Nature study in the rain

I was going to start this post by saying that nature study is one of my favorite parts of being a Charlotte Mason homeschooler. But, if I’m being honest, they’re all my favorite parts.

Nature, though, has so many benefits for children. I recently read Barefoot and Balanced and was amazed at how many modern ailments in children can be linked to insufficient outside time.

Charlotte Mason, in her work Home Education, encouraged educators to take children for a weekly walk in nature. This is not intended to be a formal science lesson. While a parent is welcome to offer additional information as the child is ready for it, the primary goal is for children to learn about the world around them as they become active observers.

My sister and I have been making a point of taking our children to the local state park on Friday mornings. When the weather was warmer, we’d let them swim in the lake. Now that it’s cooling off, we’ve been taking a more “official” nature walk around the pond.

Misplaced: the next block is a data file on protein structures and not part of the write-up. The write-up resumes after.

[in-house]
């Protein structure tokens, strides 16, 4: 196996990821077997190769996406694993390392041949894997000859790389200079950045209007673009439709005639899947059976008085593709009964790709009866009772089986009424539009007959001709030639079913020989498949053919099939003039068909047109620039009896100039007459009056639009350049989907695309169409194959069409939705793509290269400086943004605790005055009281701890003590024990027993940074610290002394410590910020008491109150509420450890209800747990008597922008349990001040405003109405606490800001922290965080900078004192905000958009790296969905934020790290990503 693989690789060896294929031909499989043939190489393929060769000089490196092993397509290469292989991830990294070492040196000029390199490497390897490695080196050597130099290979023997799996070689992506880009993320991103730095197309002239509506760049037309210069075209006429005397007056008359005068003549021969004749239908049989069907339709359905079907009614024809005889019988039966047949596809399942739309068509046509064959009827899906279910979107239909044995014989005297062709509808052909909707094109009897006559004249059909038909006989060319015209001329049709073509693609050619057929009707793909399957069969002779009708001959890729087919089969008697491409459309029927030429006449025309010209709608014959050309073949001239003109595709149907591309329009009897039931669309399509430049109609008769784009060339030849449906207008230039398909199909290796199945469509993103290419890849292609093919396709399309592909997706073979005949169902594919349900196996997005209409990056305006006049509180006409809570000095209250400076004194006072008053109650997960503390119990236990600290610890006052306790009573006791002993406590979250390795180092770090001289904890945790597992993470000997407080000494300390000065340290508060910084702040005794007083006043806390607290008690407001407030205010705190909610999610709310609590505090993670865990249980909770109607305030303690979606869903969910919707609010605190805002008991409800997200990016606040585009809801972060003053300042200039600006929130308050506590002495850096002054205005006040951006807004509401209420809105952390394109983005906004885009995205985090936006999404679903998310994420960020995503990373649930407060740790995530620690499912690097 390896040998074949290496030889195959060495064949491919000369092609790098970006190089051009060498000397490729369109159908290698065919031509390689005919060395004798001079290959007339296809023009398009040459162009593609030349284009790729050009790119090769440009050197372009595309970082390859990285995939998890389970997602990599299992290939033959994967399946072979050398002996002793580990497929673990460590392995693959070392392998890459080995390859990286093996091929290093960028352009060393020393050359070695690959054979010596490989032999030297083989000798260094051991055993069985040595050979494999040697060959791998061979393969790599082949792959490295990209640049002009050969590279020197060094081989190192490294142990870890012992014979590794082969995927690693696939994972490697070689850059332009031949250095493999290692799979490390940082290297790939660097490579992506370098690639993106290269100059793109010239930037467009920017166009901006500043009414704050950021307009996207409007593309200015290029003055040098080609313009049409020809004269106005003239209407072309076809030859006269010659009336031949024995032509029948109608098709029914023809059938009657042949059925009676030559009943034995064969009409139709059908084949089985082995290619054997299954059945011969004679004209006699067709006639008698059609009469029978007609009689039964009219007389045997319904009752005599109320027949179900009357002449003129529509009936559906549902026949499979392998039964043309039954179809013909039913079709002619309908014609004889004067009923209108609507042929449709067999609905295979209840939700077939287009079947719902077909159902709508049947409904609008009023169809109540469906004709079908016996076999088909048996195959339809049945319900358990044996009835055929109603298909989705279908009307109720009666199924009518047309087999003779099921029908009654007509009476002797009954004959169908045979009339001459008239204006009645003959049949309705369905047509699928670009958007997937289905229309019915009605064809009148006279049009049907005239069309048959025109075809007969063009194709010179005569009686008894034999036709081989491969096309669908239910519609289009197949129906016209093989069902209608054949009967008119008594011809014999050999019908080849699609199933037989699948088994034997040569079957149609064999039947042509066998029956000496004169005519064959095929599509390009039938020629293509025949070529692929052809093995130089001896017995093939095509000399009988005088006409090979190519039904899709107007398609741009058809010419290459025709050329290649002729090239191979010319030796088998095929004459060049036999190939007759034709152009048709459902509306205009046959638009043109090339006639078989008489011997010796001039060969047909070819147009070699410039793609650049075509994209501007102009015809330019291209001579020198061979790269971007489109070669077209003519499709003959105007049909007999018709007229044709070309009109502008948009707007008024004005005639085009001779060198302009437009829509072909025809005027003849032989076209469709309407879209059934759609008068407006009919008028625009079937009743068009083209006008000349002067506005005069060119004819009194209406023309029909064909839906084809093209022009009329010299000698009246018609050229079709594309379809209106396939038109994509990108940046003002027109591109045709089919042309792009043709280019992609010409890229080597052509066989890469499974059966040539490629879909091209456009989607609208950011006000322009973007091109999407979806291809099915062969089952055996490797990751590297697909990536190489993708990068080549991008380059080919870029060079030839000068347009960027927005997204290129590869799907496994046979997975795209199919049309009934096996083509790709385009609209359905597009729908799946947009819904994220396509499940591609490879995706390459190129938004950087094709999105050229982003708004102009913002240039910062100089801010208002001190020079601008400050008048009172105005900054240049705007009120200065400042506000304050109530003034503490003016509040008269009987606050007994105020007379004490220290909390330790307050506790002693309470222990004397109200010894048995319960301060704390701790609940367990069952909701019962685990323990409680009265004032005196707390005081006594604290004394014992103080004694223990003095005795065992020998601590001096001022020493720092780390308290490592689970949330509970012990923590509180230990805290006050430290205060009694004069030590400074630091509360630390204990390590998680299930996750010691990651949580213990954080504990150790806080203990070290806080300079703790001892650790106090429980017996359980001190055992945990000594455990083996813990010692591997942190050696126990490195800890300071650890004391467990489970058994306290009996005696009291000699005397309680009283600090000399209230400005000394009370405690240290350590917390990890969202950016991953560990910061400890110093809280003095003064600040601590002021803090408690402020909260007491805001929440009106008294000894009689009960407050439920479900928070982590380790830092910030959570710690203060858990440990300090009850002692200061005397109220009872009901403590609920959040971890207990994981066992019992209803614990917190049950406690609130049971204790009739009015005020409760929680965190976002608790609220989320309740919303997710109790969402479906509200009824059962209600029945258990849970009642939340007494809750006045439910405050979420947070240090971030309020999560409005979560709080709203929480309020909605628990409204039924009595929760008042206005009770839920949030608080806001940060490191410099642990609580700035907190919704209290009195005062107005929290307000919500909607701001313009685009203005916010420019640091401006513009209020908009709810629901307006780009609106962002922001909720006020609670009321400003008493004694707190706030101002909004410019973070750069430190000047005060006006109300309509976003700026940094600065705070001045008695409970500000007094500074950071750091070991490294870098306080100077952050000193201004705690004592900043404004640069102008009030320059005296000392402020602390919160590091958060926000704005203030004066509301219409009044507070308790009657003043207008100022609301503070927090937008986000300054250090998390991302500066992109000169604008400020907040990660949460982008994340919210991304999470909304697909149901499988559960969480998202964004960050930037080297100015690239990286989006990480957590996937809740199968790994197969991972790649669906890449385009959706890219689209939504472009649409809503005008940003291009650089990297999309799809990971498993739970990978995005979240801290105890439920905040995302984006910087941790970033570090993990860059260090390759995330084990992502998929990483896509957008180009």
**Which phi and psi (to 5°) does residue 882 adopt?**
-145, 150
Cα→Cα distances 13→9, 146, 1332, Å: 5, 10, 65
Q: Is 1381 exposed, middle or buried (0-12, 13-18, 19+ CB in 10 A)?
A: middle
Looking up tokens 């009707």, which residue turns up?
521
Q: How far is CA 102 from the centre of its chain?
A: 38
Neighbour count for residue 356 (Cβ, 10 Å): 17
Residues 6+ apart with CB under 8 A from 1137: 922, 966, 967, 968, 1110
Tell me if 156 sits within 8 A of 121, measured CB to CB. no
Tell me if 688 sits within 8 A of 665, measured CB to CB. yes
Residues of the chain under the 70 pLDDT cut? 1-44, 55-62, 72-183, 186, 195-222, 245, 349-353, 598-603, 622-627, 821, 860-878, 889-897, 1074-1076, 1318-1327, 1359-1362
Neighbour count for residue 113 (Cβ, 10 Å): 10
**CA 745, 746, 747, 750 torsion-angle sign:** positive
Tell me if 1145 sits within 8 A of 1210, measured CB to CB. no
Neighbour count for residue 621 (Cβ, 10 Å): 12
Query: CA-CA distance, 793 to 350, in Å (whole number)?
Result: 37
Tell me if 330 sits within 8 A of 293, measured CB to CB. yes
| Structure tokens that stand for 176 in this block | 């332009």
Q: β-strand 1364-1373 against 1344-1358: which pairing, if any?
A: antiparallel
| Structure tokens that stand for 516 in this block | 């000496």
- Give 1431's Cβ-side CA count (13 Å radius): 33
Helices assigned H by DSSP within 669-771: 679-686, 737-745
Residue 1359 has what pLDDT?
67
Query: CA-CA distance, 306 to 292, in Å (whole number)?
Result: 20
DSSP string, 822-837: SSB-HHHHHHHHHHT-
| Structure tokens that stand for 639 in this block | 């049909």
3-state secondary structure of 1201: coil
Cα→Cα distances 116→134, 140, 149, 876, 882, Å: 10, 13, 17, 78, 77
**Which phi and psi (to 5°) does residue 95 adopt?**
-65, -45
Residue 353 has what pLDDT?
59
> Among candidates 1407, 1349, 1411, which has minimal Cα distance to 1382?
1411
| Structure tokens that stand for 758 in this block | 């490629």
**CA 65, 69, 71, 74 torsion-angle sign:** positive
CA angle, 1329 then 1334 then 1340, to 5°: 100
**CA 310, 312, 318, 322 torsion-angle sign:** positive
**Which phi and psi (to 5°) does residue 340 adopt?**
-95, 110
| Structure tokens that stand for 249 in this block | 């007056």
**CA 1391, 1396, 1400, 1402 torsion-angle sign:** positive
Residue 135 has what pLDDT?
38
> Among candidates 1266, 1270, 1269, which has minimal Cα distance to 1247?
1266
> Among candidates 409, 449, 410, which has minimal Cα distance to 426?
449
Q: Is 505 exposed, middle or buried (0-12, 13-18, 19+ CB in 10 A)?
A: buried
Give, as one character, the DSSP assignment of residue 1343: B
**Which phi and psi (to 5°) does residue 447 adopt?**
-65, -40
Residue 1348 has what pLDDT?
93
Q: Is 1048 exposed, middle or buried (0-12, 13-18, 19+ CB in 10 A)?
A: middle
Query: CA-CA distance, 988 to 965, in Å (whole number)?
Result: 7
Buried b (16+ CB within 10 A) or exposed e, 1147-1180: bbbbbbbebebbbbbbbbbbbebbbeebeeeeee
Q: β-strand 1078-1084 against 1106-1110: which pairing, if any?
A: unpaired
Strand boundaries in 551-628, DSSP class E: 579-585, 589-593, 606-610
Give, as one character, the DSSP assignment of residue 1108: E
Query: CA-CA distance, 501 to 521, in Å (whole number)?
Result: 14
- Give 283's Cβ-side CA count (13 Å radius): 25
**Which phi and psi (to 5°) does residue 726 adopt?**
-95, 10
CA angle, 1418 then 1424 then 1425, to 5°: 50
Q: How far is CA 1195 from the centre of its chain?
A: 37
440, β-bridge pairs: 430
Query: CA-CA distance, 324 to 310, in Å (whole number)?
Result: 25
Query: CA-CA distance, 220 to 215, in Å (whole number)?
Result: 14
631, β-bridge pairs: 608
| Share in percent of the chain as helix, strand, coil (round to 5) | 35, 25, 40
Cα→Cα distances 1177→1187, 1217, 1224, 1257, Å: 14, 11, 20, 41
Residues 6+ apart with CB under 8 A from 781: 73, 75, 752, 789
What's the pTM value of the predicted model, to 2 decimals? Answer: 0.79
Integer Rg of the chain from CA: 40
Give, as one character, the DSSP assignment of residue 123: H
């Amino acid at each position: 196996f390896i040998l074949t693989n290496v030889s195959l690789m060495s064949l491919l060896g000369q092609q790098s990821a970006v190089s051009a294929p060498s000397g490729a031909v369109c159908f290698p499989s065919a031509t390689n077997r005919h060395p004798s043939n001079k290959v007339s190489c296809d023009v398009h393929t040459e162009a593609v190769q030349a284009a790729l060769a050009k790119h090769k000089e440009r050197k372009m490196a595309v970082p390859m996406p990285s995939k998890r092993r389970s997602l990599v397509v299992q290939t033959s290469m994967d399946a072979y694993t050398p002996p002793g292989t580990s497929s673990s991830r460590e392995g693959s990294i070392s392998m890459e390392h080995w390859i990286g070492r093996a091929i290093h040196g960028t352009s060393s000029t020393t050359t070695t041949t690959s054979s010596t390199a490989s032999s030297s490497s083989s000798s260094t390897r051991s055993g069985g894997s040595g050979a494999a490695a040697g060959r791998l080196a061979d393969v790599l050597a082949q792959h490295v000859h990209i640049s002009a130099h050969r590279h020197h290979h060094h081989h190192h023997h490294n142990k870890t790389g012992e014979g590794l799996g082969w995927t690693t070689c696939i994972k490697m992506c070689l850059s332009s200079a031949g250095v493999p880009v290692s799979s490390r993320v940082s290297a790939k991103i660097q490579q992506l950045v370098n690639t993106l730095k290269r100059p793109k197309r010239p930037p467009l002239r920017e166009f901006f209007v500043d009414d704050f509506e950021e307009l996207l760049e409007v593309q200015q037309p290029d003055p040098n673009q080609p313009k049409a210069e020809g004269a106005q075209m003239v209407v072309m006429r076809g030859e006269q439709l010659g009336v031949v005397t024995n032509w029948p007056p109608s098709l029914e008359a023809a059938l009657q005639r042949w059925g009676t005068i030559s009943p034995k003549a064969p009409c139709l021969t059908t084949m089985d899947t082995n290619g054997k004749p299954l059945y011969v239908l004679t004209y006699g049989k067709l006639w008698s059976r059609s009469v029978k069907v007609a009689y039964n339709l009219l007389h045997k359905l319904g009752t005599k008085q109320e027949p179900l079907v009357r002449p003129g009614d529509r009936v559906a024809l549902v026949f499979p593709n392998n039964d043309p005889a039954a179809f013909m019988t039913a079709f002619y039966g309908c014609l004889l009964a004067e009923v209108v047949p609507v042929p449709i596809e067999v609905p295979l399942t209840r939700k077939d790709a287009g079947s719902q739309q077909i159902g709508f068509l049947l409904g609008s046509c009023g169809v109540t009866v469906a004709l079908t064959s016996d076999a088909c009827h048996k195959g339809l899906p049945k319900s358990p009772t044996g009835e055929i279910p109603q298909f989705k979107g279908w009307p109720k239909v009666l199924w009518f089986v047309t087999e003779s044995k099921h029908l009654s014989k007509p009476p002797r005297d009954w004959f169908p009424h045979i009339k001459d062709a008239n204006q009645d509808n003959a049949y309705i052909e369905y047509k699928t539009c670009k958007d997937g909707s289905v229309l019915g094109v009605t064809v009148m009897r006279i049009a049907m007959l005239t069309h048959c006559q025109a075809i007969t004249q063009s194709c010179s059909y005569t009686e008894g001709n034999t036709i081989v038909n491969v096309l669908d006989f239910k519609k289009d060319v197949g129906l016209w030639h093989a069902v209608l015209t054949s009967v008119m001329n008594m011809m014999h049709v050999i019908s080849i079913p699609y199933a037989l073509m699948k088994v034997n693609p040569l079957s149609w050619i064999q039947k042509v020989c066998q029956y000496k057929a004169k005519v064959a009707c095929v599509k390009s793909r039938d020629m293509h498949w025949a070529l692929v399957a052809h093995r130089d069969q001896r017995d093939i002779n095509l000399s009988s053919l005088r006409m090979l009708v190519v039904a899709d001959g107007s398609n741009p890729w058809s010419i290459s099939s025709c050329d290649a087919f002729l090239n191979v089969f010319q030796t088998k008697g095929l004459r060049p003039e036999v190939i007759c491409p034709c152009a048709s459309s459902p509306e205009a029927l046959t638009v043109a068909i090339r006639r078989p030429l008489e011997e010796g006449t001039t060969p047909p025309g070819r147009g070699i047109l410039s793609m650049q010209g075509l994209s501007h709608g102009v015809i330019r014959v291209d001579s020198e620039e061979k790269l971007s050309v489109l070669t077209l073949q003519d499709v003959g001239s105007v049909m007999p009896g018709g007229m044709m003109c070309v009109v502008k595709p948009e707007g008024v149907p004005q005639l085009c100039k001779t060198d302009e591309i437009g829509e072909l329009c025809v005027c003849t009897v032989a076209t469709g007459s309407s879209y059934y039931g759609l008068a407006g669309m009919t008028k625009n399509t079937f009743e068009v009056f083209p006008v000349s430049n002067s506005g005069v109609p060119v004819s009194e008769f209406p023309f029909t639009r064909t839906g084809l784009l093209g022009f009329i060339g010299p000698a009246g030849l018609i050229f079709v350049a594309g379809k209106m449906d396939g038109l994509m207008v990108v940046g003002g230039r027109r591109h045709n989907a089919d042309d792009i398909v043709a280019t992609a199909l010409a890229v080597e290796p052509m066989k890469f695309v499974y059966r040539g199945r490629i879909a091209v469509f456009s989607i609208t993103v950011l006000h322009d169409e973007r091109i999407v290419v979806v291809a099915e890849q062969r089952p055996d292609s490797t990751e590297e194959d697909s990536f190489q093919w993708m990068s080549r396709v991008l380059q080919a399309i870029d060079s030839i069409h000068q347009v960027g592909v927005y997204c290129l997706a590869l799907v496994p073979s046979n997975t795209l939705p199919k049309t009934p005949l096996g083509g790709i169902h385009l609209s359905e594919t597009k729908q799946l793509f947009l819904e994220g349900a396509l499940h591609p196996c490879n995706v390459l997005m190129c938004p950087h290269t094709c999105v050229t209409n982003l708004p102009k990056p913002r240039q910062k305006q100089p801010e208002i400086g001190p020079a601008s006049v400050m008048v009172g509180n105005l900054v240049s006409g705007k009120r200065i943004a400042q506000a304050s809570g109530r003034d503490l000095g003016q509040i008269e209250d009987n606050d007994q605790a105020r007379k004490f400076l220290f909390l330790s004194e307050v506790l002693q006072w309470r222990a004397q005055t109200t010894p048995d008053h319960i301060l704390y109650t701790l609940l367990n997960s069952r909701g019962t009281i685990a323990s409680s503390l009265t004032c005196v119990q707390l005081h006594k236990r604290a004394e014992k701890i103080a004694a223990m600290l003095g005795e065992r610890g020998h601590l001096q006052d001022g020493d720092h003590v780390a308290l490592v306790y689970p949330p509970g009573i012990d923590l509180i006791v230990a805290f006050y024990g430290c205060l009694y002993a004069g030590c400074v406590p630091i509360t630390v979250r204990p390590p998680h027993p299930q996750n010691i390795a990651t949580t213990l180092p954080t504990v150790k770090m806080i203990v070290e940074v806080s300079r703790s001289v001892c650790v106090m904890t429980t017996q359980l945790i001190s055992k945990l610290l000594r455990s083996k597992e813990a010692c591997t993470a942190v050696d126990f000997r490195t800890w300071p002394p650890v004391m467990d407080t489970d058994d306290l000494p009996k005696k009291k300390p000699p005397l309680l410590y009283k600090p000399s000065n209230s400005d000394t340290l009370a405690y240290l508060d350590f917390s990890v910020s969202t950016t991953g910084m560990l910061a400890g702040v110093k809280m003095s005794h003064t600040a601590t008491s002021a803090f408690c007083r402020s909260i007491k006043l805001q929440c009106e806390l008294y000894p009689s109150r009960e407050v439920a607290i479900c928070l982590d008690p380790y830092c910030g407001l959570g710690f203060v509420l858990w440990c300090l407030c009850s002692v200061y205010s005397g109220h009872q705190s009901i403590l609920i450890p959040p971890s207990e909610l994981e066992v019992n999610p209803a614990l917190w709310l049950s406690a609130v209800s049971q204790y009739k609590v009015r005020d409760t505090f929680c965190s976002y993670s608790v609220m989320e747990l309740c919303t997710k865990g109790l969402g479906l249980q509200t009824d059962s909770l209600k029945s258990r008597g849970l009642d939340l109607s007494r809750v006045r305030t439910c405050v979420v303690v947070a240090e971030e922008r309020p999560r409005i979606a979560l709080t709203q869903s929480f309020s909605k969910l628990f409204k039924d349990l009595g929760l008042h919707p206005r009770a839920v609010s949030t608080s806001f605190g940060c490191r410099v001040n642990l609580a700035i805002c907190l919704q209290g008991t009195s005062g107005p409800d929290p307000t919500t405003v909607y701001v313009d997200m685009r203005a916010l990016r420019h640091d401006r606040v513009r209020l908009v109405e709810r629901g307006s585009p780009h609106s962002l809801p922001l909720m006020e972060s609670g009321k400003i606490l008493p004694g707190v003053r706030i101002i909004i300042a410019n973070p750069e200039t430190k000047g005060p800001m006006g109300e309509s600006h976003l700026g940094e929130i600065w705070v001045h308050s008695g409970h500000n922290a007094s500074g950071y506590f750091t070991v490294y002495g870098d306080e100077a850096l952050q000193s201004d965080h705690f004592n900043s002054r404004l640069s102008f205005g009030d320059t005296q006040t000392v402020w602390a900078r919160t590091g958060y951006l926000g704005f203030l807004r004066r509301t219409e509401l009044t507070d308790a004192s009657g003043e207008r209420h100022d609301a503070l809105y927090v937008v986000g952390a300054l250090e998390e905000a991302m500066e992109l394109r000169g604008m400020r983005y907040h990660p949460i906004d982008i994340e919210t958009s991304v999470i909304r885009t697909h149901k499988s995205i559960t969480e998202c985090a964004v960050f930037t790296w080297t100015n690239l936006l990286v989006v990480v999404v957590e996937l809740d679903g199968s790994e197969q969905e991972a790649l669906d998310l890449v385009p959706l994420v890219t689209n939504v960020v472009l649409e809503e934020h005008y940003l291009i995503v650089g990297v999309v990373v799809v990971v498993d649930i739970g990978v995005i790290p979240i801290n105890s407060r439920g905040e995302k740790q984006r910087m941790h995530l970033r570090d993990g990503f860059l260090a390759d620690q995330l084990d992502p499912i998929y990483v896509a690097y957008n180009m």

Today, it was raining, but since there’s value in observing nature in all its forms, we put on our rain boots and went to the park anyway.

When we got to the park, there was no one at the guard booth–so there’s a pro-tip for you. Go early and go in the rain, and you may get in for free!

As we walked, we learned to step cautiously since the rocks might be slippery. We observed mushrooms and speculated about the different kinds of fungus we saw growing on downed trees. We saw tree trunks that beavers were working on. We observed the changing colors of the leaves and noticed how direct sunlight affects the leaves’ colors.

We found an aster that my plant-identification app had to use the Canadian database to identity. (And we live in the southeastern US, so I’d guess we were seeing microclimates in action!) And we observed how much louder the waterfall is when there have been several days of rain.

And we even threw in a little bit of history when we learned about the work men did at the park during the Great Depression.

By the time we were finished with our walk, the rain had picked up considerably and we were ready to get into the dry car.

All in all, an enjoyable morning.

Do you make a point of spending time in nature with your children?

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